Edition: Electronic Text Center, University of Virginia Library
Review number: 277
The first of Trollope's series of Palliser novels which attempt to do for the political scene of the early Victorian period what his Barset novels did for the ecclesiastical, Can You Forgive Her? is actually closely related to the earlier series. Its main subplot brings up to date the subplot of The Small House at Allington, and several other characters in London society are shared with the earlier series.
The main plot concerns Alice Vavasour, who lives on the fringes of genteel London society. She shares a rather bland character with several of Trollope's other heroines; this unwillingness to give real personalities to women is one of the reasons why he is a minor novelist compared to (say) Dickens and Thackeray. She starts the book engaged to the worthy John Grey, after a short affair with her cousin George. To a romantic girl, George Vavasour is everything John Grey is not; he is wild and dangerous, but the problem is that the danger is not just on the surface, and the men who know him consider him a scoundrel.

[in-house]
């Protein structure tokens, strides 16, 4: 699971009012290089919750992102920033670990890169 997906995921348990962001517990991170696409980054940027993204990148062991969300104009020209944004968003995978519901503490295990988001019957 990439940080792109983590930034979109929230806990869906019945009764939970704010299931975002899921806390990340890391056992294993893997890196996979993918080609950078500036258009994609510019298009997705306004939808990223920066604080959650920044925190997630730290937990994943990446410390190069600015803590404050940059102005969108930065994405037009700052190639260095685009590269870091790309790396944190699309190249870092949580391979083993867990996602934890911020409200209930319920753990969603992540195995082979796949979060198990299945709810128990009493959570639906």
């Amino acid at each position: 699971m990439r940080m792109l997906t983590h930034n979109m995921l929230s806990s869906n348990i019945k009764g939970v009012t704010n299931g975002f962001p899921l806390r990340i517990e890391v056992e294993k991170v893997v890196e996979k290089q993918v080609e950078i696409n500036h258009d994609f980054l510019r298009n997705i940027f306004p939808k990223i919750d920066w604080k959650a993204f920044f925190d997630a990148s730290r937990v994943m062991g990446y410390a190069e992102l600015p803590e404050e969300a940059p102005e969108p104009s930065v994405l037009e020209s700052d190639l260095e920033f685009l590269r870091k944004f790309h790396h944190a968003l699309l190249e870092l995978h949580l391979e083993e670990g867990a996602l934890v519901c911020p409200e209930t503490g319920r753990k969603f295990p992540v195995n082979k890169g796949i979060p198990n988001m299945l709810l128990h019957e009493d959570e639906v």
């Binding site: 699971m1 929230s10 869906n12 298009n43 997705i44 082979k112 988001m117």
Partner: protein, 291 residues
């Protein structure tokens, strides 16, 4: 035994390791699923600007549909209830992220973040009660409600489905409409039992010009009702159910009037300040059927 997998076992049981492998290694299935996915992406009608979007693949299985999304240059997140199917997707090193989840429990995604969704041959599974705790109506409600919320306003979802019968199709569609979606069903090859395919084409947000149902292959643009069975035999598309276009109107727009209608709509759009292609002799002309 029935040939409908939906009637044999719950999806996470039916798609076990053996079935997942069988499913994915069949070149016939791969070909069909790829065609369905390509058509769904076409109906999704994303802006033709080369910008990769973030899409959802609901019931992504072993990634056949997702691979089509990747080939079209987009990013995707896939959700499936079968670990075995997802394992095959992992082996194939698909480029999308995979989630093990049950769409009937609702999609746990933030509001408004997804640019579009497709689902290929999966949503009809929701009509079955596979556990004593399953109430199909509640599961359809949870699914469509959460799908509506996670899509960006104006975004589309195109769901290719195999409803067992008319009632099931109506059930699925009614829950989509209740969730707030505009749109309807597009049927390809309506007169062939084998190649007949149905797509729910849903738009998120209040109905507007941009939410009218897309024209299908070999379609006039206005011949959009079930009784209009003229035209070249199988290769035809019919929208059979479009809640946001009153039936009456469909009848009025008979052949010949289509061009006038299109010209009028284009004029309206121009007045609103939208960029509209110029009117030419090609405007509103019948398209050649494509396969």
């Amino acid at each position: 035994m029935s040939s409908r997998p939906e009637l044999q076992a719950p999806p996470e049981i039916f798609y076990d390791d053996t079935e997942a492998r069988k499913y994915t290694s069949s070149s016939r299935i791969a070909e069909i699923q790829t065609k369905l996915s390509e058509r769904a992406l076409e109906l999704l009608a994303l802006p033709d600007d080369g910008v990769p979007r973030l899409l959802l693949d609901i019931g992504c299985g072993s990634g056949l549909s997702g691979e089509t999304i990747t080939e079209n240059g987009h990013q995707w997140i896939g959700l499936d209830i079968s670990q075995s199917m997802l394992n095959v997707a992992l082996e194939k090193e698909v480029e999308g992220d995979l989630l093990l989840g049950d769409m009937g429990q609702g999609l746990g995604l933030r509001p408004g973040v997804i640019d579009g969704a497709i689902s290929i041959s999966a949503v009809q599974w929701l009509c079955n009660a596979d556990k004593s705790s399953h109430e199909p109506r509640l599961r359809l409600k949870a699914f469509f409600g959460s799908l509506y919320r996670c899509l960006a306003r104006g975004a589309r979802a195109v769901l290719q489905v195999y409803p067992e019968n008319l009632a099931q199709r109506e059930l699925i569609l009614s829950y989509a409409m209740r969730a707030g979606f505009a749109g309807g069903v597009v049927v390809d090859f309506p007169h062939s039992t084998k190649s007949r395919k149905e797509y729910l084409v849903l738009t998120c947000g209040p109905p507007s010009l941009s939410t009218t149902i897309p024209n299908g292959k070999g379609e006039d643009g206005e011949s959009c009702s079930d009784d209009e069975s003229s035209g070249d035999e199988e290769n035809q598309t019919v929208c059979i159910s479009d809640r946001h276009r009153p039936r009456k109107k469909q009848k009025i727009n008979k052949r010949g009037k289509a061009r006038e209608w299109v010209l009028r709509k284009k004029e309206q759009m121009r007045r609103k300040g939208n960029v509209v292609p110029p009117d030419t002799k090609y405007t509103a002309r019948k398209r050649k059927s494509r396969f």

Soon after the beginning of the story, Alice commits the act for which the reader is asked to forgive her: she jilts Grey to become engaged to George. From a worldly perspective, this is obviously an extremely foolish act; for George is not only penniless but also about to go deeply into debt to finance a campaign to become a Member of Parliament. As George is brought to realise that his worldly ambition is in fact empty - it doesn't bring him the respect of others - he becomes violent and it is not too long before Alice also realises that she has made a serious mistake.
At its root, Can You Forgive Her? is a sexist novel; only to the irrational women in the story is it not clear that George Vavasour is a villain. By turning the conventions of the romantic novel on their head - for George could be made into a Byronic hero without too much difficulty, and then redeemed by the love of the right woman - Trollope has created a story which is shackled to the conventional ideas of his day.